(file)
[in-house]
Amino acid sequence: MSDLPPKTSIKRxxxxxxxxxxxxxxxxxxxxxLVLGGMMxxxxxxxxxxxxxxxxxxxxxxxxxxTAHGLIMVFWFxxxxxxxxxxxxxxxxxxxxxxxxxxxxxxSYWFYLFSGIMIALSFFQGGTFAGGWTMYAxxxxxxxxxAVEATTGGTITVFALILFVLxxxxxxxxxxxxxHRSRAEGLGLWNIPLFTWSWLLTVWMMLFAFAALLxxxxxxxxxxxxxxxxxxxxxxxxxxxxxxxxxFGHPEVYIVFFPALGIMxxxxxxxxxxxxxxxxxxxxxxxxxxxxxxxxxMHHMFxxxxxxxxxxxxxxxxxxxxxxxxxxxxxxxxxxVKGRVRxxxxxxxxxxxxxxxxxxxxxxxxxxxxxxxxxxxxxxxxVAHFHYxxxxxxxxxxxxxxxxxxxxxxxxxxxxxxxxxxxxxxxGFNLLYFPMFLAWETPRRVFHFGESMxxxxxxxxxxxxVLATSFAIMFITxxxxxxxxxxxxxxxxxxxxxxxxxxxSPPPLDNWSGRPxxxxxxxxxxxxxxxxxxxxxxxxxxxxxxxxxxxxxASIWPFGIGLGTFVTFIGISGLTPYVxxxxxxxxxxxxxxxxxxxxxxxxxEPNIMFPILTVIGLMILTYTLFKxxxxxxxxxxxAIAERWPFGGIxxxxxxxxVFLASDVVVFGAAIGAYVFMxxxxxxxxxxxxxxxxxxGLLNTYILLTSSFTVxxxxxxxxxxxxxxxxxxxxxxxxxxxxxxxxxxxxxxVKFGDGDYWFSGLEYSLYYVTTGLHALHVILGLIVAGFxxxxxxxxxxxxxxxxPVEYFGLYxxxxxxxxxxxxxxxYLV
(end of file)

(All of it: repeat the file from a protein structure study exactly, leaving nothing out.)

[in-house]
Amino acid sequence: MSDLPPKTSIKRxxxxxxxxxxxxxxxxxxxxxLVLGGMMxxxxxxxxxxxxxxxxxxxxxxxxxxTAHGLIMVFWFxxxxxxxxxxxxxxxxxxxxxxxxxxxxxxSYWFYLFSGIMIALSFFQGGTFAGGWTMYAxxxxxxxxxAVEATTGGTITVFALILFVLxxxxxxxxxxxxxHRSRAEGLGLWNIPLFTWSWLLTVWMMLFAFAALLxxxxxxxxxxxxxxxxxxxxxxxxxxxxxxxxxFGHPEVYIVFFPALGIMxxxxxxxxxxxxxxxxxxxxxxxxxxxxxxxxxMHHMFxxxxxxxxxxxxxxxxxxxxxxxxxxxxxxxxxxVKGRVRxxxxxxxxxxxxxxxxxxxxxxxxxxxxxxxxxxxxxxxxVAHFHYxxxxxxxxxxxxxxxxxxxxxxxxxxxxxxxxxxxxxxxGFNLLYFPMFLAWETPRRVFHFGESMxxxxxxxxxxxxVLATSFAIMFITxxxxxxxxxxxxxxxxxxxxxxxxxxxSPPPLDNWSGRPxxxxxxxxxxxxxxxxxxxxxxxxxxxxxxxxxxxxxASIWPFGIGLGTFVTFIGISGLTPYVxxxxxxxxxxxxxxxxxxxxxxxxxEPNIMFPILTVIGLMILTYTLFKxxxxxxxxxxxAIAERWPFGGIxxxxxxxxVFLASDVVVFGAAIGAYVFMxxxxxxxxxxxxxxxxxxGLLNTYILLTSSFTVxxxxxxxxxxxxxxxxxxxxxxxxxxxxxxxxxxxxxxVKFGDGDYWFSGLEYSLYYVTTGLHALHVILGLIVAGFxxxxxxxxxxxxxxxxPVEYFGLYxxxxxxxxxxxxxxxYLV